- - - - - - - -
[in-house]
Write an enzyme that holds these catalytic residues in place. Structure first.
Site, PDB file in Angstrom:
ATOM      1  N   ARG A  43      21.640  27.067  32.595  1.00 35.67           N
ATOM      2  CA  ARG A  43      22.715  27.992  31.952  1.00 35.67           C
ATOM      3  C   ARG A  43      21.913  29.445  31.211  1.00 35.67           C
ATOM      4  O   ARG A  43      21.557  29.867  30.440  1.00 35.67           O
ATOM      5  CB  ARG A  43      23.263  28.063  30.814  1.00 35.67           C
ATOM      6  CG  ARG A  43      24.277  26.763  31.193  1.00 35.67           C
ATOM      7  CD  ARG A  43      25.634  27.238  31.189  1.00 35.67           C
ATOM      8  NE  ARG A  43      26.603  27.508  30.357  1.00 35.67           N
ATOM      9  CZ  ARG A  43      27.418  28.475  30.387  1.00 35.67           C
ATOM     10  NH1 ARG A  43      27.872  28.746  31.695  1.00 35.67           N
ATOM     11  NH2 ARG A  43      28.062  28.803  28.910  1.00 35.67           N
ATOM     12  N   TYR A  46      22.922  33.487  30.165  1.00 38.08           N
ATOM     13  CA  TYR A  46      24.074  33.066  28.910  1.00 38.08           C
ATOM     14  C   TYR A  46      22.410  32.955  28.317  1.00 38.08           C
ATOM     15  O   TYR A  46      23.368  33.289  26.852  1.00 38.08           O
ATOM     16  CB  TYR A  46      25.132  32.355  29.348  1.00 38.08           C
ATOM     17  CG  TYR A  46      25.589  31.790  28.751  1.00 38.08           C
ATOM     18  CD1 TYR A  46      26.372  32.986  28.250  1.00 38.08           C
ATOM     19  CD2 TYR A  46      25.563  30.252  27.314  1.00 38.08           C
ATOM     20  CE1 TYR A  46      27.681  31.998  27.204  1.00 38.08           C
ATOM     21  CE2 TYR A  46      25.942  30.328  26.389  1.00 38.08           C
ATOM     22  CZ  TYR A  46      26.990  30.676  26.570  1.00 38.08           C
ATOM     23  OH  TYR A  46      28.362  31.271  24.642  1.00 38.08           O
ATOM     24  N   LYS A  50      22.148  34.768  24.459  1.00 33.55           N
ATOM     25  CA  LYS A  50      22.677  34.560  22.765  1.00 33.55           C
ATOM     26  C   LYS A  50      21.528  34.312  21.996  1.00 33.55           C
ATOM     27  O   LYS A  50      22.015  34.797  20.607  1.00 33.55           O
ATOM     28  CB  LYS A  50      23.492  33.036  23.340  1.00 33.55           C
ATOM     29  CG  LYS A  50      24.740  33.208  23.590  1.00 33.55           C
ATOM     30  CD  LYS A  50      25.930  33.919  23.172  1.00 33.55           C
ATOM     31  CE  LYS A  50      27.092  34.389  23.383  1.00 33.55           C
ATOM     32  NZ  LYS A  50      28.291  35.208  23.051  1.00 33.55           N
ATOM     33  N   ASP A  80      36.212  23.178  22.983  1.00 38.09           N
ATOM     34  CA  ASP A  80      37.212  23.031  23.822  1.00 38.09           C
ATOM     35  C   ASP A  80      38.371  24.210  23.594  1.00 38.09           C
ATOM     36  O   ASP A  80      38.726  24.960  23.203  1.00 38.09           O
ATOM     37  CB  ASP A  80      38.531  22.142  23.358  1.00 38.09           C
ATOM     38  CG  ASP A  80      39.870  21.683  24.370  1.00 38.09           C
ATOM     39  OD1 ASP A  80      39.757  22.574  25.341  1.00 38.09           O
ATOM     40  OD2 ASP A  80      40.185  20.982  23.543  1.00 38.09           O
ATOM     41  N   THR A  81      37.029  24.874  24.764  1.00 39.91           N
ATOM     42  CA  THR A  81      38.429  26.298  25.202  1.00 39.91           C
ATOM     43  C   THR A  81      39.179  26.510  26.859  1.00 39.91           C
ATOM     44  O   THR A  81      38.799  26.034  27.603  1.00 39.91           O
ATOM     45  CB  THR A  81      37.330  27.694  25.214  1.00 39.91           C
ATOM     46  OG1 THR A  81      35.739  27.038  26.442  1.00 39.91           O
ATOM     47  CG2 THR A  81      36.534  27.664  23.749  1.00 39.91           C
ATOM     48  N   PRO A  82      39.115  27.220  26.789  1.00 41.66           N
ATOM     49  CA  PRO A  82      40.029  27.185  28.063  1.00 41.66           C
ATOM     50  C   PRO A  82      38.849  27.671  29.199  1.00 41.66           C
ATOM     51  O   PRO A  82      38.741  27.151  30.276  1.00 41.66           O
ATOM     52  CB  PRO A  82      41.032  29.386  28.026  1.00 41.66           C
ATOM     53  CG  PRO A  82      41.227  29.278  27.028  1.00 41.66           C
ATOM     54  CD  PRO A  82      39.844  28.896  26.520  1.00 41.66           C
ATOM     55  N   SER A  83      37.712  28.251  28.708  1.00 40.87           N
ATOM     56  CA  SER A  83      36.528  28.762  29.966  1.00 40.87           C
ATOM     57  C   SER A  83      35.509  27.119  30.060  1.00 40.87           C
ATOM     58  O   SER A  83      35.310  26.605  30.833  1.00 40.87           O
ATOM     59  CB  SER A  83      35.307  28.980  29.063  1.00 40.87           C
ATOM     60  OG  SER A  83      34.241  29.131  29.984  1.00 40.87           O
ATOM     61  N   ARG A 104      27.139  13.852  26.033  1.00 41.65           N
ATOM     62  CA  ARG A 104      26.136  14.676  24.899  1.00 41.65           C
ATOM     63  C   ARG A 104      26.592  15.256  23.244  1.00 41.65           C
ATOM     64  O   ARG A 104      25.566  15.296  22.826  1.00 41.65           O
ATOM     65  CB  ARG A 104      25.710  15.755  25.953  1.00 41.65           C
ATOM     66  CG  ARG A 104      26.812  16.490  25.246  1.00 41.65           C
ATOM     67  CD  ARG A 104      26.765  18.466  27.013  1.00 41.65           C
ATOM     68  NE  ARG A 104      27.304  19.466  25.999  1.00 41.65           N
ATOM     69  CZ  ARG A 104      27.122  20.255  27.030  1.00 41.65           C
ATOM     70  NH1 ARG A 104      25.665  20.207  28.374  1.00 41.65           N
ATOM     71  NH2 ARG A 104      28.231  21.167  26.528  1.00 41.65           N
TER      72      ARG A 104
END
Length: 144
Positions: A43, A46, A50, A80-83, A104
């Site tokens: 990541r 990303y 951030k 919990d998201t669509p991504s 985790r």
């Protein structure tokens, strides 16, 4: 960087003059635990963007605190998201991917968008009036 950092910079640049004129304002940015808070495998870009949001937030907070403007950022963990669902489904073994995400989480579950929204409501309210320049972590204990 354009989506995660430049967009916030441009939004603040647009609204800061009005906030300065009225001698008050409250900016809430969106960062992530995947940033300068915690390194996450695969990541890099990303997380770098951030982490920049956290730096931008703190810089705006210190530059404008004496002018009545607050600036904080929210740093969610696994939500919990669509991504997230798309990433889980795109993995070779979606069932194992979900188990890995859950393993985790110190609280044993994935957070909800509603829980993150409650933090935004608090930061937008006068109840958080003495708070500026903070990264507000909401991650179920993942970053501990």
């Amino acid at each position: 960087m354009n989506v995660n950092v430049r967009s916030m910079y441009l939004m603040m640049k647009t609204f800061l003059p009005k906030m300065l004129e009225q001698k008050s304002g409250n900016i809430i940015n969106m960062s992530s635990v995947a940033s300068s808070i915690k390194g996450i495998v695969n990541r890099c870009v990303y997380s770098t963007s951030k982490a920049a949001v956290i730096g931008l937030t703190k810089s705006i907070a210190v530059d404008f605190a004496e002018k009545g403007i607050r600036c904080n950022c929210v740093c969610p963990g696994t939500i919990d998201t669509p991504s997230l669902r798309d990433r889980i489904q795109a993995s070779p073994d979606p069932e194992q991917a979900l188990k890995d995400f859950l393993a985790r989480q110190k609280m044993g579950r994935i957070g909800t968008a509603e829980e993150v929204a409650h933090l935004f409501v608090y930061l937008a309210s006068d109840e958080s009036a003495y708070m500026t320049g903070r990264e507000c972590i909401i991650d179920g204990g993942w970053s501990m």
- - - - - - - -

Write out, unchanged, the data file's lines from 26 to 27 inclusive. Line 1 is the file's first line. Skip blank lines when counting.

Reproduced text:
ATOM     23  OH  TYR A  46      28.362  31.271  24.642  1.00 38.08           O
ATOM     24  N   LYS A  50      22.148  34.768  24.459  1.00 33.55           N